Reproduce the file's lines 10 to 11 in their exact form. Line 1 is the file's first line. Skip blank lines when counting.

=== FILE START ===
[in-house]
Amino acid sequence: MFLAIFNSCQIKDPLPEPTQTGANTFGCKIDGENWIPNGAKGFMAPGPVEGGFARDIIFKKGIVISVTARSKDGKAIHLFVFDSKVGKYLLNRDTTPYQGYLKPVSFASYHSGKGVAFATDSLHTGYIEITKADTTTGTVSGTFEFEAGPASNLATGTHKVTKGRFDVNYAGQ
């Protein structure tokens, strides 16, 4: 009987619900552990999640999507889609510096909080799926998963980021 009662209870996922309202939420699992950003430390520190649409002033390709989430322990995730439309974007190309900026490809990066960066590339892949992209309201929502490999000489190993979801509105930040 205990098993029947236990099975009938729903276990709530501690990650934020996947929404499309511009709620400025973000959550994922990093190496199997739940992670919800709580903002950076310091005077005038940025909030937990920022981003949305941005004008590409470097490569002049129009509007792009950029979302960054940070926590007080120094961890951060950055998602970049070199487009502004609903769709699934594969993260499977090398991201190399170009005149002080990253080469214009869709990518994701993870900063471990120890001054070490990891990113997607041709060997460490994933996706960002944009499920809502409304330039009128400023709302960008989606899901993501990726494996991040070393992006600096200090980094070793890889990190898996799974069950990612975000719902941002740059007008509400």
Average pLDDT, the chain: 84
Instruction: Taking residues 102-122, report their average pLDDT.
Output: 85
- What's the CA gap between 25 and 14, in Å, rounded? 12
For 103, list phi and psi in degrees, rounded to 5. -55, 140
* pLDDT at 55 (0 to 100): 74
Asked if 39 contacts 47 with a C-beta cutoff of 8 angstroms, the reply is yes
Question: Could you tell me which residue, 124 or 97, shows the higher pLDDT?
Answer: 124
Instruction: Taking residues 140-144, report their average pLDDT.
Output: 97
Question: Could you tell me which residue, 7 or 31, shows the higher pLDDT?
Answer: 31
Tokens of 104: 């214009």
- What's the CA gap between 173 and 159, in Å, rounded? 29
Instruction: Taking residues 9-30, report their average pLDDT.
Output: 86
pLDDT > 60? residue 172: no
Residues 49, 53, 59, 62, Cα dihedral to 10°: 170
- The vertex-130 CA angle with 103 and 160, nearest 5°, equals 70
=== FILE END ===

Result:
Asked if 39 contacts 47 with a C-beta cutoff of 8 angstroms, the reply is yes
Question: Could you tell me which residue, 124 or 97, shows the higher pLDDT?